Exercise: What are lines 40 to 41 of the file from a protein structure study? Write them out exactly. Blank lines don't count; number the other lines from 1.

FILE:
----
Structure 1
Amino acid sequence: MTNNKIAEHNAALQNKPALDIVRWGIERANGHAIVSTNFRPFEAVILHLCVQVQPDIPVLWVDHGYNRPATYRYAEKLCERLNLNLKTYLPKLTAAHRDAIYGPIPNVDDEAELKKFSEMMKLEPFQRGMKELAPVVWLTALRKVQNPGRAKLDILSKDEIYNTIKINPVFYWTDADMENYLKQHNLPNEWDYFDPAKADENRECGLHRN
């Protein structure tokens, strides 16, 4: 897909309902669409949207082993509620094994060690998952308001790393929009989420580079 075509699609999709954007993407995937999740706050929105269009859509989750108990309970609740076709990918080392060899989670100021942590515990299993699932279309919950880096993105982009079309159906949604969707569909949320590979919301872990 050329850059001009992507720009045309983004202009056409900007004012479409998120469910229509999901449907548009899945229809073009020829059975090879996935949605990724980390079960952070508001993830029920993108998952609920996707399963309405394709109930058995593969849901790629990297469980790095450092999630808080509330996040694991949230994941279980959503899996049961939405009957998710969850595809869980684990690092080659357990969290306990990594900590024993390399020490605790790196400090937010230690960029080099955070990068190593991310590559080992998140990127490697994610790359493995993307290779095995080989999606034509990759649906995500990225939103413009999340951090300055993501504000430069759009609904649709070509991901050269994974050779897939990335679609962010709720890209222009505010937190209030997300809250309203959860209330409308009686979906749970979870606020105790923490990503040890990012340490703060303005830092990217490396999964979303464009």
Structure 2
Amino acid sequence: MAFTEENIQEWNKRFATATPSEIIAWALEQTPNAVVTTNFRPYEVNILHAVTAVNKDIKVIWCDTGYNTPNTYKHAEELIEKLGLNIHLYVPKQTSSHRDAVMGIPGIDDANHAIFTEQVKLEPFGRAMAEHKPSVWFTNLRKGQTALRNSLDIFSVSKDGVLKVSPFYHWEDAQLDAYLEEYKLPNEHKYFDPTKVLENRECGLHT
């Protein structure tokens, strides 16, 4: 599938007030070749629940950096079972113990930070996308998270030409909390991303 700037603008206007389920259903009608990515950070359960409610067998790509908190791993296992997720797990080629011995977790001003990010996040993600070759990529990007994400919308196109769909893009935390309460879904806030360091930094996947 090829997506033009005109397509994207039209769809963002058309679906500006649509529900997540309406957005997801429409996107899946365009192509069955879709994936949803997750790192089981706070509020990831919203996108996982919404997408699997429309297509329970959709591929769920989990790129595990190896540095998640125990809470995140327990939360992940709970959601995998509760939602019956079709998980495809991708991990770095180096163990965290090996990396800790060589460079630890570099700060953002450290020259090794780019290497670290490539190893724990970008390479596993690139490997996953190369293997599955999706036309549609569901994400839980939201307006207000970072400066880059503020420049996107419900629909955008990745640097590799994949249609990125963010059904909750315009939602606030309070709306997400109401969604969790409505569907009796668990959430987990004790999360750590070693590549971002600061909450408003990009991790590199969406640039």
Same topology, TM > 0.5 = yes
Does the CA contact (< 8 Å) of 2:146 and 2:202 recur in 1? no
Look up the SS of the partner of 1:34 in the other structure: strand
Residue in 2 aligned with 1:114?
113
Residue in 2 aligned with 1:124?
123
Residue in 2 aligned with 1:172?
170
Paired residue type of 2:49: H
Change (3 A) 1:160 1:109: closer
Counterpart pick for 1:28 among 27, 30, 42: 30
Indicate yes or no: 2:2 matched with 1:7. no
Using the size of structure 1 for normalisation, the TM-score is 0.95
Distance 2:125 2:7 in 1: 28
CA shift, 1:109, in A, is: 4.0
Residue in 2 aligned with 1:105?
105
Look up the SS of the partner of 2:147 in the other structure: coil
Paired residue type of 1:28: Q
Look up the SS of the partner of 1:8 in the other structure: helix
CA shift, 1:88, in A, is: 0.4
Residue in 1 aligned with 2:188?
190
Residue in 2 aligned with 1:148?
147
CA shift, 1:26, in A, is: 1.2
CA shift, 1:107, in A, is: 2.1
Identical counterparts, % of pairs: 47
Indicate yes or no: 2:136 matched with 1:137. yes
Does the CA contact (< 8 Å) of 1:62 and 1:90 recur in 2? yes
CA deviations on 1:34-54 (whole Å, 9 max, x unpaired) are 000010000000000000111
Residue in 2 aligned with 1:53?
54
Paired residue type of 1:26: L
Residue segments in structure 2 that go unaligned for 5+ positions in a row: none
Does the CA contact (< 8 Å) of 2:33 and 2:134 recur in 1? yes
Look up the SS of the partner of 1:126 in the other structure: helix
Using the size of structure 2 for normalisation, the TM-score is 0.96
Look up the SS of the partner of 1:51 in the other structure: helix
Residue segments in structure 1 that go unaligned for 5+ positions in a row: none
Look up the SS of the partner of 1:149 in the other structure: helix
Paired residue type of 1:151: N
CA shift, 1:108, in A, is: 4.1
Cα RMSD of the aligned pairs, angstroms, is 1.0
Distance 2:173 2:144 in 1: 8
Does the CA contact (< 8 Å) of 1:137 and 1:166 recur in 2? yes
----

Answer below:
54
Paired residue type of 1:26: L